NCS is a programme for young people, but it is not only the young who benefit. Residents of a Weymouth care home benefited from a new sensory garden built by NCS participants. East Durham mothers and fathers of premature babies benefited from care packages prepared and distributed by NCS participants. Merseyside Huntington’s Disease Association benefited from funds raised by NCS participants. The NCS Trust estimates that in the 16 months following the summer programmes, the 2013 and 2014 graduates gave back an additional 8 million hours of volunteering to their communities.

Together these elements form the ethos of NCS: social cohesion, social mobility and social engagement. NCS is one opportunity in a broader social action journey. Up and down the country, many excellent charities and organisations offer a broad range of programmes for people before, after and alongside it. We also believe in the value of a single, unifying rite of passage for young people, and that is NCS.

The NCS Bill is short and focused. It works in conjunction with a royal charter. No single party can lay claim to NCS as many voices were involved in its development. The noble Lord, Lord Blunkett, sits on the board of the current body. The Government believe that the NCS Trust has the potential to become a national institution. Incorporating the NCS Trust through a royal charter sends an important message that the trust is a body beyond partisan political concerns and must continue to appeal to young people of all backgrounds. A draft of the royal charter has been published as a Command Paper and was laid in the House when the Bill was published for noble Lords to see. The Bill begins by referencing that royal charter and the functions of the NCS Trust that it describes. These functions capture, in practical terms, the heart of what NCS is here to achieve.

The NCS Trust will be a new body in a new form designed to endure, but we must not lose the expertise and experience of those who have worked in the current body. Under their stewardship, NCS has become the fastest-growing youth movement in this country for 100 years. The Bill therefore makes provision for schemes for the transfer of staff, property, rights and liabilities from the current body to the NCS Trust.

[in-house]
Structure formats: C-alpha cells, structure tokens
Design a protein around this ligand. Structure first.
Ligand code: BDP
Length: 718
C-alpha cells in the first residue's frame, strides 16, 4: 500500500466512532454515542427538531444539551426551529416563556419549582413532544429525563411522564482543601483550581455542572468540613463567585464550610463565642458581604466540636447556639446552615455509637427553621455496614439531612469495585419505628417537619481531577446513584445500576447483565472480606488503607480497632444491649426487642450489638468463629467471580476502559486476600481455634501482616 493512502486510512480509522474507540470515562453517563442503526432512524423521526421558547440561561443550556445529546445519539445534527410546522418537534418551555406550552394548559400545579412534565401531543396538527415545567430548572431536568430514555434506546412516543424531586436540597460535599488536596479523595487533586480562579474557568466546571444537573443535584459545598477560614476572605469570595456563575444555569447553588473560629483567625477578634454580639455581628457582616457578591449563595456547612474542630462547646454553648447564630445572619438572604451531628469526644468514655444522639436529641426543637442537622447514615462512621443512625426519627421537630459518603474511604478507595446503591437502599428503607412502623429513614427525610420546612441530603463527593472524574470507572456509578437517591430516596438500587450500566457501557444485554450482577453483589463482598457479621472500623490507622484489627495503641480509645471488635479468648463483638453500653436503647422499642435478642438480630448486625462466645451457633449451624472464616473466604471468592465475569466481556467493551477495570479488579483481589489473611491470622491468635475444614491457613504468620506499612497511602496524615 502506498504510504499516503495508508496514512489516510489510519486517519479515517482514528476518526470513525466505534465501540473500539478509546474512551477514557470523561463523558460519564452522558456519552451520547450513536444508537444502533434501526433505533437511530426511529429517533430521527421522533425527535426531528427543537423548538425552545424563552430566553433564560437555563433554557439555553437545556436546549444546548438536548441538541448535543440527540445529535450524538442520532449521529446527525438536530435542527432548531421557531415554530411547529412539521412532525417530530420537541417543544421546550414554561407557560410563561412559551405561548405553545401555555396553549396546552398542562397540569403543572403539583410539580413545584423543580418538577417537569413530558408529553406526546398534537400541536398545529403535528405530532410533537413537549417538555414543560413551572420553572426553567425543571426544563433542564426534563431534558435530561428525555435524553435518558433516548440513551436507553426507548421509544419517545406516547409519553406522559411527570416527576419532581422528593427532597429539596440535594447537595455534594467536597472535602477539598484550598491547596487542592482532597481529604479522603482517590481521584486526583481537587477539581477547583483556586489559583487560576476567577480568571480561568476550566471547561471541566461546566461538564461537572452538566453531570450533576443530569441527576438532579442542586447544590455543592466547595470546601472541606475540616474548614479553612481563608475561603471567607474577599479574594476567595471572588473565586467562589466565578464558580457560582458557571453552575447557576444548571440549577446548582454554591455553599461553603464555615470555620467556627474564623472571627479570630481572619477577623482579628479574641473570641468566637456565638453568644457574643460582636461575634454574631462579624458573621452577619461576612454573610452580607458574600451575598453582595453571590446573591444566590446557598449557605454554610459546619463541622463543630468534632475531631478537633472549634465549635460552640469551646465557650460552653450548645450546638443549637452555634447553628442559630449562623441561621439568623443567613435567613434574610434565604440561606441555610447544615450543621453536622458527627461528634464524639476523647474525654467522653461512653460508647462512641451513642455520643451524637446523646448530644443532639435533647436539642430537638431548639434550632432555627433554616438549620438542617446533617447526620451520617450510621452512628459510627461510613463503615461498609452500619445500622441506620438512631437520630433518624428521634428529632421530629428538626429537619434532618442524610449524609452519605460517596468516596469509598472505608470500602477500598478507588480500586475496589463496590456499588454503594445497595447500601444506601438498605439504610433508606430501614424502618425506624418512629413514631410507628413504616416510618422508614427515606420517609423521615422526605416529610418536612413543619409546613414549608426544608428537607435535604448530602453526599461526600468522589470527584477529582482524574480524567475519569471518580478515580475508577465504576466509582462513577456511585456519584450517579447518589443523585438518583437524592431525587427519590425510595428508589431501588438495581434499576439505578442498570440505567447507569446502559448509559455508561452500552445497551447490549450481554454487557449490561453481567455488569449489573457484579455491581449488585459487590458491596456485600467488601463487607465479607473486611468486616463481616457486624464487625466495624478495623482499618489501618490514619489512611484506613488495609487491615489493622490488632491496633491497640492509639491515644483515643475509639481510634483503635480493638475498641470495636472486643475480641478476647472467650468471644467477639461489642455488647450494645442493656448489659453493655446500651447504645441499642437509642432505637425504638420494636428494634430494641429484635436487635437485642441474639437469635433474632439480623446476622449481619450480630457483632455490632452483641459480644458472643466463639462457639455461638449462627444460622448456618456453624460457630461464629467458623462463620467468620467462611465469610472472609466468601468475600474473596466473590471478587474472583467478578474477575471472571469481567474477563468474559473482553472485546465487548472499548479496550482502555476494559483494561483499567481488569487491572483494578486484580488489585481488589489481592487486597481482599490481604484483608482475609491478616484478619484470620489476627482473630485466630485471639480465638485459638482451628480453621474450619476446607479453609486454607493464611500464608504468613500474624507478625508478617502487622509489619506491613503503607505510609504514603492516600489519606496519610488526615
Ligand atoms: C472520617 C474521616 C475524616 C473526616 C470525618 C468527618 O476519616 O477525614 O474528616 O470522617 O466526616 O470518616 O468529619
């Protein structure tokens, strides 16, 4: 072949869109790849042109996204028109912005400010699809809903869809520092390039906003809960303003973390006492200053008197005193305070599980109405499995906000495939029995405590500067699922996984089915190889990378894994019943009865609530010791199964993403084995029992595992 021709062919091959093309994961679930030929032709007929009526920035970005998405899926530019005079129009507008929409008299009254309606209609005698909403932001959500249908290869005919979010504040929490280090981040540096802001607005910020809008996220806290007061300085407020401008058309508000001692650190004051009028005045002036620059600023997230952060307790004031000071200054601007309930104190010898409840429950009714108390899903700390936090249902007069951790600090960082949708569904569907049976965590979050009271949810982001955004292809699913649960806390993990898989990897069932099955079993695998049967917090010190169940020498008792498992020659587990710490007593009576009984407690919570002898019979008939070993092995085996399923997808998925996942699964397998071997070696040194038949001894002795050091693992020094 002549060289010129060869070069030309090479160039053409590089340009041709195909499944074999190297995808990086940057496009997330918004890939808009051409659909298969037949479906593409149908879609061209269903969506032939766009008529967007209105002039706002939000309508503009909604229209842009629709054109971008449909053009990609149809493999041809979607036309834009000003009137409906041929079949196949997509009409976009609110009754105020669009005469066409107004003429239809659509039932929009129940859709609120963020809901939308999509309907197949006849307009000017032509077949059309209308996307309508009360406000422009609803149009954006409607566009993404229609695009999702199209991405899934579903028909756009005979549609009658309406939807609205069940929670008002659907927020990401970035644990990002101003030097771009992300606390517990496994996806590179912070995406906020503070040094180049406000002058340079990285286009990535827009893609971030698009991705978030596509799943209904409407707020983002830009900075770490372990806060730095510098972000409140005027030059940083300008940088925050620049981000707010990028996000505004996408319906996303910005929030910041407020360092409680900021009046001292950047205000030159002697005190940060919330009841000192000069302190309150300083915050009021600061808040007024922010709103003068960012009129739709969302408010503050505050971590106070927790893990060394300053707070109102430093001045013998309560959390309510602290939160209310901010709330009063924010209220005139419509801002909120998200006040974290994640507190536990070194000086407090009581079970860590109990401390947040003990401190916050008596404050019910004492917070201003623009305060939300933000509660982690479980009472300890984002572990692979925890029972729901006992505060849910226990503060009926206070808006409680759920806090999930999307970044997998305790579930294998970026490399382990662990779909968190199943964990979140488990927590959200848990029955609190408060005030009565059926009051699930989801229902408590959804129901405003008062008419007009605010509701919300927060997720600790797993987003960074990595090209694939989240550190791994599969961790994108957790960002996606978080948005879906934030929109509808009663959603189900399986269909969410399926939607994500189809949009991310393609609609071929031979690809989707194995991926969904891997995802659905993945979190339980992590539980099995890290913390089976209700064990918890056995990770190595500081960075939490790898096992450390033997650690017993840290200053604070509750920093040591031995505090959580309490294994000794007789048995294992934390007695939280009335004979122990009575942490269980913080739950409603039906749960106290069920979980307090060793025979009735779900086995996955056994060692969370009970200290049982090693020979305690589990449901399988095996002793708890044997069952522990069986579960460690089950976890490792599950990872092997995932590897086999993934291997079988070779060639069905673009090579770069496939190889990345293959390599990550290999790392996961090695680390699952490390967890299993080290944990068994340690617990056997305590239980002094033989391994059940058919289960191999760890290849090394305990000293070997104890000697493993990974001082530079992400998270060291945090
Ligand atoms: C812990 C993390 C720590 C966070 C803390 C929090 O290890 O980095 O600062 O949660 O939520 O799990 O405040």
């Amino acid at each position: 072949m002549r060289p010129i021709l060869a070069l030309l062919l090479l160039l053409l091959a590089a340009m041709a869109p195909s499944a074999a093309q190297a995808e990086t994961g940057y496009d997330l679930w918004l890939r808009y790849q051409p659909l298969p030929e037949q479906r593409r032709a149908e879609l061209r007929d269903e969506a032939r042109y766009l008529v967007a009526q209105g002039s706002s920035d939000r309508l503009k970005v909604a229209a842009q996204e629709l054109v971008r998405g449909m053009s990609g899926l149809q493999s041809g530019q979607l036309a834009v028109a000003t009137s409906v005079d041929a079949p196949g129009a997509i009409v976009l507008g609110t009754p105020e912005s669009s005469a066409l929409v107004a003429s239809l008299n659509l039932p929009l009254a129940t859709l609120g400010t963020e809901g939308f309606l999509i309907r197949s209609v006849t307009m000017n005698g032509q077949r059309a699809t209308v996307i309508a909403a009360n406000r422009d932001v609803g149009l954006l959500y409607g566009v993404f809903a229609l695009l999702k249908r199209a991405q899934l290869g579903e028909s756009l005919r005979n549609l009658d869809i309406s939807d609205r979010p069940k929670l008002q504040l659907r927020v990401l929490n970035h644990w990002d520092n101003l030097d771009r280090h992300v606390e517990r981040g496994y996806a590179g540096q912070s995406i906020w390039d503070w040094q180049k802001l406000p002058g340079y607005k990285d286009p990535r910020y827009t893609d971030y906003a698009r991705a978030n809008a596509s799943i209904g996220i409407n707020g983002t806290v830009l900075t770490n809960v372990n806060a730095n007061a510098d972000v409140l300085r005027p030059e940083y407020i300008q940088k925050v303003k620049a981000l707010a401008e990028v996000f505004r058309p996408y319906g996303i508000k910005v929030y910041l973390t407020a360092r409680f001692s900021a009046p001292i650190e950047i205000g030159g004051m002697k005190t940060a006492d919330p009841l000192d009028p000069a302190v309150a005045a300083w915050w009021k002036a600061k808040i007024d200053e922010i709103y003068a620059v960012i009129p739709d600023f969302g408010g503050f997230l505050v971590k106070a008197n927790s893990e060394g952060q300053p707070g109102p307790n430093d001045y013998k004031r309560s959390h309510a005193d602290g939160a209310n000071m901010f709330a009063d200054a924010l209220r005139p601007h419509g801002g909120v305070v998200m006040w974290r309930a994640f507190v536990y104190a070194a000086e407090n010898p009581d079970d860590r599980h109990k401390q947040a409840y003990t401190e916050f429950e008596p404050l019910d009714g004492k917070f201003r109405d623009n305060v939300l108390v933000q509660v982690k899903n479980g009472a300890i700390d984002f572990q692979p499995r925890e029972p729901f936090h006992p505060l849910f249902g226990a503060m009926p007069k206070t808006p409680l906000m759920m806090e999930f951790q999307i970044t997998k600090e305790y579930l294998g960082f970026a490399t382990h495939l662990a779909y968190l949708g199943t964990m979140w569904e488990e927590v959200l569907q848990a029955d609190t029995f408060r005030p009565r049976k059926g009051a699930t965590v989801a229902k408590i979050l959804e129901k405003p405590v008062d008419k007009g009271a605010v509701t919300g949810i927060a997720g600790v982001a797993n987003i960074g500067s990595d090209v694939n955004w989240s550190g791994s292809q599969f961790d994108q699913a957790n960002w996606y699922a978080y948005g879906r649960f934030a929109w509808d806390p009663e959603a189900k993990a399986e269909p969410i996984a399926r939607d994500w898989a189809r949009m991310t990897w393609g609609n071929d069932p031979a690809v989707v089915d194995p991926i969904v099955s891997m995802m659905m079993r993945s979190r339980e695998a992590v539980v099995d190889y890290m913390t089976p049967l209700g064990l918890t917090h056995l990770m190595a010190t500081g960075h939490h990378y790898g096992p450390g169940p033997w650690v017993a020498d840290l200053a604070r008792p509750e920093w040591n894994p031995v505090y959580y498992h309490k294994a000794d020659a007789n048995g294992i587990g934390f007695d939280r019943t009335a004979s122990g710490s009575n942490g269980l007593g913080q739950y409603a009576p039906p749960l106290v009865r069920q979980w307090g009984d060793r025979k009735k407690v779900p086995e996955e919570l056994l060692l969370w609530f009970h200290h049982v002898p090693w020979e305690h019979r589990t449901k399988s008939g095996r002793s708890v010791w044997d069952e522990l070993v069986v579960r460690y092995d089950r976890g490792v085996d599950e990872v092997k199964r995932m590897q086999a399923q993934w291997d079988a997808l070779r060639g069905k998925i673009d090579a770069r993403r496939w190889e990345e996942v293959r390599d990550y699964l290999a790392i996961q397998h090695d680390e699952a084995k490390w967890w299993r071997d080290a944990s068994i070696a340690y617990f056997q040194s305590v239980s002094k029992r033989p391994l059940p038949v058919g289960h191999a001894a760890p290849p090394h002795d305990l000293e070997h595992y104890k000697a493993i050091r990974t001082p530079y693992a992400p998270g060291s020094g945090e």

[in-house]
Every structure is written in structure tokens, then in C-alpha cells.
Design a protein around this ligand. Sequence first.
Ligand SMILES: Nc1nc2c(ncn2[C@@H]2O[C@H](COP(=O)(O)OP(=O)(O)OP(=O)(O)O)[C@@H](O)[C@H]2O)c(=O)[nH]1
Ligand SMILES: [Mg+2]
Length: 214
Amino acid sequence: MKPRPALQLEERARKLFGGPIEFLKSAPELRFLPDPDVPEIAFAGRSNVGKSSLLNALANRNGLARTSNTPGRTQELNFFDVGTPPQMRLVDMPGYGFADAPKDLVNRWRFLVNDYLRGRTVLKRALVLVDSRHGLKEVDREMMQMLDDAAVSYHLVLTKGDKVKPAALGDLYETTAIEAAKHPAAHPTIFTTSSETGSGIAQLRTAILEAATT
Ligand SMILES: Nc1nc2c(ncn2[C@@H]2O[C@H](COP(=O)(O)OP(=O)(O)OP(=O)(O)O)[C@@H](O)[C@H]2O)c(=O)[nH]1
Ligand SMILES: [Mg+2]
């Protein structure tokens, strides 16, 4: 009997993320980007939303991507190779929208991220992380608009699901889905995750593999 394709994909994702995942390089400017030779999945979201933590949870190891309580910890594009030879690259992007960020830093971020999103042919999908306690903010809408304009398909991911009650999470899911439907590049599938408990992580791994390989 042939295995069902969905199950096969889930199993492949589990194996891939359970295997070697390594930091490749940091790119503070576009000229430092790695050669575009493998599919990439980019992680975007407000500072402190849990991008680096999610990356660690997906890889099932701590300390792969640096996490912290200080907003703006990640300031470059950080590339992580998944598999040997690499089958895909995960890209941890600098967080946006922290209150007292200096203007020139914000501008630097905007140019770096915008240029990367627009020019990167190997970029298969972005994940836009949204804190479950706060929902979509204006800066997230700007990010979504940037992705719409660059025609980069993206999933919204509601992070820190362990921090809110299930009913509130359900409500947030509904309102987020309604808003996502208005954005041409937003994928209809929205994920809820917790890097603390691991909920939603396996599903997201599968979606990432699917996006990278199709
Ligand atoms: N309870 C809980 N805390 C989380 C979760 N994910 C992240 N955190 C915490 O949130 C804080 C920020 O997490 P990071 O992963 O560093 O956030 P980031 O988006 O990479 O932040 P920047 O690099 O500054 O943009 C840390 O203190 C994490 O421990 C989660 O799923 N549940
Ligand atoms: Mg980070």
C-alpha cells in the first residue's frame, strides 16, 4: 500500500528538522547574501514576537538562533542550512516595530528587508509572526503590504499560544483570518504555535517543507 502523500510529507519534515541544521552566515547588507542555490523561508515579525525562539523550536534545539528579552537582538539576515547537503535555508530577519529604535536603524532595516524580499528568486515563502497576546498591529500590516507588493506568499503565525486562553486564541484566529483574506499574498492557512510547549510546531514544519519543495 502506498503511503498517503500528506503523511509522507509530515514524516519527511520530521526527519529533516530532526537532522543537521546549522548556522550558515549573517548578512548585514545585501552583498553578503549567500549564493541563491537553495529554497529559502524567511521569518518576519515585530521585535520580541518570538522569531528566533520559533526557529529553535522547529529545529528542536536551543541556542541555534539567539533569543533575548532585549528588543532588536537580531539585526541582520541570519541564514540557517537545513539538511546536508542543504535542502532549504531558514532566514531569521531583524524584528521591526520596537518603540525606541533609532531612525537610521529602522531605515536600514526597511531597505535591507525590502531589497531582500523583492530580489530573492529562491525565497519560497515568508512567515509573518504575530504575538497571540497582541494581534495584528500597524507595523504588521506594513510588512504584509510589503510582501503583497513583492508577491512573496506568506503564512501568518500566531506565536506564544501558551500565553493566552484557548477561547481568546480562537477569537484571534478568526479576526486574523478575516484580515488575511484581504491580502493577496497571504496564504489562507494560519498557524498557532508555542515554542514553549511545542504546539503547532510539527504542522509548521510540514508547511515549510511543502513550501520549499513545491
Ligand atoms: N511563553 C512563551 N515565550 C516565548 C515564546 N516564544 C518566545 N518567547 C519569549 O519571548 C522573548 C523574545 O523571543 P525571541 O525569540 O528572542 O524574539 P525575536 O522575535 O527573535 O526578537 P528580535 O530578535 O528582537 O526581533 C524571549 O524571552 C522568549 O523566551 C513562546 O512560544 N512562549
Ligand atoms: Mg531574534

The Bill allows the Government to fund the NCS Trust out of moneys authorised by Parliament. In addition, it allows the trust to charge fees for participation at variable rates so that anyone, no matter their background, can afford to go on NCS. At present, the maximum fee is £50, but the average is less, and many participants pay no fee at all. The royal charter requires the trust to ensure equality of access to NCS for young people regardless of their background or circumstances.

As NCS has such value to the nation and is paid for by it, it is essential that the public trust it and can have confidence in the public money spent on it by the NCS Trust. The bulk of the Bill is therefore a considered series of measures to hold the NCS Trust to account for that funding. The trust must prepare annual accounts, and the National Audit Office will be its auditor. The accounts will be laid before Parliament.

At the start of each year, the trust must publish an annual business plan setting out its strategic priorities and annual objectives. At the end of the year, the trust must provide government with an annual report that will in turn be laid before Parliament. The report will set out how the trust has fulfilled its priorities and main functions, and the Bill lists a series of specific requirements that it must also address. These include the value for money of the programme and the extent to which it has mixed people from different backgrounds.

The potential for NCS to be a unifying force in a divided society is enormous. NCS can break down barriers at the very time—the transition to adulthood—that they could become entrenched. Independent evaluation found that a striking 95% of participants said that NCS gave them a chance to get to know people whom they would not normally meet.

Finally, the Bill requires the trust to notify government if a breach of contract results in serious financial consequences, a provider is in serious financial difficulty or a member of staff commits fraud. This will allow government to take rapid steps to minimise the loss of public money. The NCS Trust will be subject to the Freedom of Information Act, the Equality Act and the Public Records Acts. Together, these measures will ensure that the NCS Trust works efficiently, effectively and transparently.